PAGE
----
Many of my readers seem to think that I harbour an intense dislike for the South African Police Service. I want to take this opportunity to clarify that I do not. Not even remotely.
Police officers have an unenviable job. They respond to a variety of call-outs at all times of day and night, many of those involving the possibility of violent confrontation and horrible death. They put their lives on the line every day of their careers in return for a pitiful amount of remuneration that barely qualifies to be called a salary.
The nature of their work leaves deep scars not only upon their bodies, but also upon their psyche.
There are many good policemen and policewomen in the SAPS. I am fortunate to be able to count a number of them among my close friends. They come from all ranks, from constables all the way up to generals. Many of them have repeatedly gone above and beyond the call of duty to not only stand up for gun owners and gun rights, but also to actively support our cause in fighting for these rights.
It is important for us to understand that even though there are many senior police officials who at this time would love to see civilian gun ownership disappear completely, and are indeed trying their hardest to make that outcome a reality, we cannot tarnish all SAPS members with the same brush.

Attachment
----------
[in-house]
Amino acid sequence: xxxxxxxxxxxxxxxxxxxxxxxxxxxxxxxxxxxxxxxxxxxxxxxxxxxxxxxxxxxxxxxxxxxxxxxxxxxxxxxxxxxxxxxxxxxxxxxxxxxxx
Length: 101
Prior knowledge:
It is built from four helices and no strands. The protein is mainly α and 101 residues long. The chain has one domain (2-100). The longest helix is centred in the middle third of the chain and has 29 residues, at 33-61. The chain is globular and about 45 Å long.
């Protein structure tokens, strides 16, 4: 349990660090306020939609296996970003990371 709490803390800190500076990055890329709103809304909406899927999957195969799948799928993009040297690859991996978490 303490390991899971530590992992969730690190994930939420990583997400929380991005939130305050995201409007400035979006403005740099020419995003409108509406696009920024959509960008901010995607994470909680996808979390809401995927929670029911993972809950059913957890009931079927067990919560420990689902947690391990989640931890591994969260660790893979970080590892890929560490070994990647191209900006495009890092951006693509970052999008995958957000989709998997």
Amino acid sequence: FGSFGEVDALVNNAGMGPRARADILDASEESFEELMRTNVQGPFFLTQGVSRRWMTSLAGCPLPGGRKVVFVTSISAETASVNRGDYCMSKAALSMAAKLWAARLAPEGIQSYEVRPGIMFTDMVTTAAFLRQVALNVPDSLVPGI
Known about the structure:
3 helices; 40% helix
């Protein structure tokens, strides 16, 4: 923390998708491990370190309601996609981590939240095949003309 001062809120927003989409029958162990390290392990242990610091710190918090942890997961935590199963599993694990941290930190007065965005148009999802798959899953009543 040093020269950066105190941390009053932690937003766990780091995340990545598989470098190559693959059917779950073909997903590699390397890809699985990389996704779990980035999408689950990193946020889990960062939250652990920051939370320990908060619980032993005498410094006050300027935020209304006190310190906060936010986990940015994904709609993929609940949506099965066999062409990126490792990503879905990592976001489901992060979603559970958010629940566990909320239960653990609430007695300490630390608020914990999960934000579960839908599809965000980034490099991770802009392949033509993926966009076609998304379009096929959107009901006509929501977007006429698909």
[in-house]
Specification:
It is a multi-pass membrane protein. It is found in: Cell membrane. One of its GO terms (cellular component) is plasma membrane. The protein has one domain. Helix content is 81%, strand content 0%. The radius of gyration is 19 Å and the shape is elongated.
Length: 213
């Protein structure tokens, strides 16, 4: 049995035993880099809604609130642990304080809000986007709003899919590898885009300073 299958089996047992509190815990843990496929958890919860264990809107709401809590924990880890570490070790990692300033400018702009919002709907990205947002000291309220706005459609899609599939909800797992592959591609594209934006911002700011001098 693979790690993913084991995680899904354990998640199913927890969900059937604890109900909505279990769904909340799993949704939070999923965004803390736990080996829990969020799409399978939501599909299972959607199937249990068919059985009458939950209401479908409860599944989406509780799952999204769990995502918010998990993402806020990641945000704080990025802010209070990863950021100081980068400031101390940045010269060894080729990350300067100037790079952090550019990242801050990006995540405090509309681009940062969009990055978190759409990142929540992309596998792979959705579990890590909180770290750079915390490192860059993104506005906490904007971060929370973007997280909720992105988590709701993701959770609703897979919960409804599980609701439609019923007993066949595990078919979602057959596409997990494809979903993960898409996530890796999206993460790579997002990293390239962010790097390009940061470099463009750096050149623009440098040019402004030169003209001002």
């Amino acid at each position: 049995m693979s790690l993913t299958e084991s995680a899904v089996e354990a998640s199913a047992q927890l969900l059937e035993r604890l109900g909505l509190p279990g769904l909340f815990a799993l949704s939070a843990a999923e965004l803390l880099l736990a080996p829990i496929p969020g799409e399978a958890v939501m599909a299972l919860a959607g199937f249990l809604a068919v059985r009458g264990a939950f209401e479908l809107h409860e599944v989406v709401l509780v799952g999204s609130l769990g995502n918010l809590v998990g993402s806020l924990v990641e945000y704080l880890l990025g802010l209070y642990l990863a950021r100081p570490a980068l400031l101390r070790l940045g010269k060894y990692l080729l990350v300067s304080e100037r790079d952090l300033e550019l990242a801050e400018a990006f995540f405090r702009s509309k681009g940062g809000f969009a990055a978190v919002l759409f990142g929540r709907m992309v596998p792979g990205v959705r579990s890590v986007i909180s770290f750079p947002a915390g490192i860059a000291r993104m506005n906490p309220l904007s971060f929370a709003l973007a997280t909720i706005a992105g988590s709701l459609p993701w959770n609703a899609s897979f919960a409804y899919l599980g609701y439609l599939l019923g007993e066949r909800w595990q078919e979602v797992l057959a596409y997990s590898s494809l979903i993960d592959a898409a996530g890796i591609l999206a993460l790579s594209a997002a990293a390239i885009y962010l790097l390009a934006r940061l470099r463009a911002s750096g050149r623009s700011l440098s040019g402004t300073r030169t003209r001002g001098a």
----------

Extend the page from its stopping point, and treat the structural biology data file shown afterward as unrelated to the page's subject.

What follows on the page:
We must single out the bad apples, and we must support and cherish the good.
Yes, the SAPS are in a state of shambles as an organisation. Yes, corruption and criminality among members is a problem of epidemic proportions. Yes, there are people who distrust the machinations of the entire organisation with good reason. Yes, we must hold the police accountable and correct their course where they err.
But when and where you find those police officers who try their hardest to ensure that law and order prevails, and that peace and justice are upheld, do not take their personal sacrifices for granted. We are on the same side as they are, and we need each other to survive.